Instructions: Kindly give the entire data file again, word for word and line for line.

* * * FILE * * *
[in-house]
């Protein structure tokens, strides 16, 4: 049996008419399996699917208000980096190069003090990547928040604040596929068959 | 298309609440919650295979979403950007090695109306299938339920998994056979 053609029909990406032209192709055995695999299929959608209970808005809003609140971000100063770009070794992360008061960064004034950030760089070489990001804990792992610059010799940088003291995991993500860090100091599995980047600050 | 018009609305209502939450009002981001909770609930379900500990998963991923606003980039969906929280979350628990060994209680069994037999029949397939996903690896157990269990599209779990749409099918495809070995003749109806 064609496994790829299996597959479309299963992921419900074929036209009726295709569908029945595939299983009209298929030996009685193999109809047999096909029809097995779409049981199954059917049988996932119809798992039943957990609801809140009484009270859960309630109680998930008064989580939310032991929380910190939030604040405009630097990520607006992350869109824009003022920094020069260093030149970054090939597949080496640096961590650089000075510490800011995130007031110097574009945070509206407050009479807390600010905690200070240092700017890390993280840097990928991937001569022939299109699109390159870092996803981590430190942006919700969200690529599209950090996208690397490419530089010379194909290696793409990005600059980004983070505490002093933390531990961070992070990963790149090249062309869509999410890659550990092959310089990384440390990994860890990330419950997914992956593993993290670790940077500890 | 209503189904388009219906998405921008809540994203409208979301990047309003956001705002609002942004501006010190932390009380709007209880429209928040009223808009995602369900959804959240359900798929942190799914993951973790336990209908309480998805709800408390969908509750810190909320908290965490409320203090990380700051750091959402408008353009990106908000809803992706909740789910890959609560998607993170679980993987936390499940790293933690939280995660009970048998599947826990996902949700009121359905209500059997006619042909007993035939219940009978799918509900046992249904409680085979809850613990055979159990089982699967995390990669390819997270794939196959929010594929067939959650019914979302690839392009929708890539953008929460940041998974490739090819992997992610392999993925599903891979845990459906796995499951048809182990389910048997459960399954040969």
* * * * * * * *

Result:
[in-house]
């Protein structure tokens, strides 16, 4: 049996008419399996699917208000980096190069003090990547928040604040596929068959 | 298309609440919650295979979403950007090695109306299938339920998994056979 053609029909990406032209192709055995695999299929959608209970808005809003609140971000100063770009070794992360008061960064004034950030760089070489990001804990792992610059010799940088003291995991993500860090100091599995980047600050 | 018009609305209502939450009002981001909770609930379900500990998963991923606003980039969906929280979350628990060994209680069994037999029949397939996903690896157990269990599209779990749409099918495809070995003749109806 064609496994790829299996597959479309299963992921419900074929036209009726295709569908029945595939299983009209298929030996009685193999109809047999096909029809097995779409049981199954059917049988996932119809798992039943957990609801809140009484009270859960309630109680998930008064989580939310032991929380910190939030604040405009630097990520607006992350869109824009003022920094020069260093030149970054090939597949080496640096961590650089000075510490800011995130007031110097574009945070509206407050009479807390600010905690200070240092700017890390993280840097990928991937001569022939299109699109390159870092996803981590430190942006919700969200690529599209950090996208690397490419530089010379194909290696793409990005600059980004983070505490002093933390531990961070992070990963790149090249062309869509999410890659550990092959310089990384440390990994860890990330419950997914992956593993993290670790940077500890 | 209503189904388009219906998405921008809540994203409208979301990047309003956001705002609002942004501006010190932390009380709007209880429209928040009223808009995602369900959804959240359900798929942190799914993951973790336990209908309480998805709800408390969908509750810190909320908290965490409320203090990380700051750091959402408008353009990106908000809803992706909740789910890959609560998607993170679980993987936390499940790293933690939280995660009970048998599947826990996902949700009121359905209500059997006619042909007993035939219940009978799918509900046992249904409680085979809850613990055979159990089982699967995390990669390819997270794939196959929010594929067939959650019914979302690839392009929708890539953008929460940041998974490739090819992997992610392999993925599903891979845990459906796995499951048809182990389910048997459960399954040969």